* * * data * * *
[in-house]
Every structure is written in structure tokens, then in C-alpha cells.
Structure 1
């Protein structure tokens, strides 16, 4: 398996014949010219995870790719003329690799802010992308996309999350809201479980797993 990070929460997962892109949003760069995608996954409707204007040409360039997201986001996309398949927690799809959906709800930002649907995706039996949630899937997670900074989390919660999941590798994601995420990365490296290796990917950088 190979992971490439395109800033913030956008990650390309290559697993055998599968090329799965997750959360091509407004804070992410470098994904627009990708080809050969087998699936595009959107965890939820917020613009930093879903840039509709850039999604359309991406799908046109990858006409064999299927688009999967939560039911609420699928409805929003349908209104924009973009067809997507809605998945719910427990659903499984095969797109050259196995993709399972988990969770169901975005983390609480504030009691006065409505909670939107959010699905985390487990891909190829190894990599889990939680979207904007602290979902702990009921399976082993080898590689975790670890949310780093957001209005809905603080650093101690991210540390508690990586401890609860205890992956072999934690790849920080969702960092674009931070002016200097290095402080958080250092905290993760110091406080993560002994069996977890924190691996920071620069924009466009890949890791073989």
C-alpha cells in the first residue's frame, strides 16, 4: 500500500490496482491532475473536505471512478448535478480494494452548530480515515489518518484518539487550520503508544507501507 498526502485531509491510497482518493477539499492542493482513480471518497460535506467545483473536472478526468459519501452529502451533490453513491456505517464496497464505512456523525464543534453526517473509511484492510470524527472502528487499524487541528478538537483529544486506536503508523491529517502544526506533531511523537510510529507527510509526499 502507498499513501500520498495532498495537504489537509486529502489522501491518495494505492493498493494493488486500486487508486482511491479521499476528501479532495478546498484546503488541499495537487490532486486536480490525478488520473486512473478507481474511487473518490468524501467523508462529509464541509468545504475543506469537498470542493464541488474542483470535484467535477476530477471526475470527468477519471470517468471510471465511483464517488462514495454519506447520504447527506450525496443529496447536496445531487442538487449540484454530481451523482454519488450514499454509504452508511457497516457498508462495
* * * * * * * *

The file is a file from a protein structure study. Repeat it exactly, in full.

[in-house]
Every structure is written in structure tokens, then in C-alpha cells.
Structure 1
């Protein structure tokens, strides 16, 4: 398996014949010219995870790719003329690799802010992308996309999350809201479980797993 990070929460997962892109949003760069995608996954409707204007040409360039997201986001996309398949927690799809959906709800930002649907995706039996949630899937997670900074989390919660999941590798994601995420990365490296290796990917950088 190979992971490439395109800033913030956008990650390309290559697993055998599968090329799965997750959360091509407004804070992410470098994904627009990708080809050969087998699936595009959107965890939820917020613009930093879903840039509709850039999604359309991406799908046109990858006409064999299927688009999967939560039911609420699928409805929003349908209104924009973009067809997507809605998945719910427990659903499984095969797109050259196995993709399972988990969770169901975005983390609480504030009691006065409505909670939107959010699905985390487990891909190829190894990599889990939680979207904007602290979902702990009921399976082993080898590689975790670890949310780093957001209005809905603080650093101690991210540390508690990586401890609860205890992956072999934690790849920080969702960092674009931070002016200097290095402080958080250092905290993760110091406080993560002994069996977890924190691996920071620069924009466009890949890791073989």
C-alpha cells in the first residue's frame, strides 16, 4: 500500500490496482491532475473536505471512478448535478480494494452548530480515515489518518484518539487550520503508544507501507 498526502485531509491510497482518493477539499492542493482513480471518497460535506467545483473536472478526468459519501452529502451533490453513491456505517464496497464505512456523525464543534453526517473509511484492510470524527472502528487499524487541528478538537483529544486506536503508523491529517502544526506533531511523537510510529507527510509526499 502507498499513501500520498495532498495537504489537509486529502489522501491518495494505492493498493494493488486500486487508486482511491479521499476528501479532495478546498484546503488541499495537487490532486486536480490525478488520473486512473478507481474511487473518490468524501467523508462529509464541509468545504475543506469537498470542493464541488474542483470535484467535477476530477471526475470527468477519471470517468471510471465511483464517488462514495454519506447520504447527506450525496443529496447536496445531487442538487449540484454530481451523482454519488450514499454509504452508511457497516457498508462495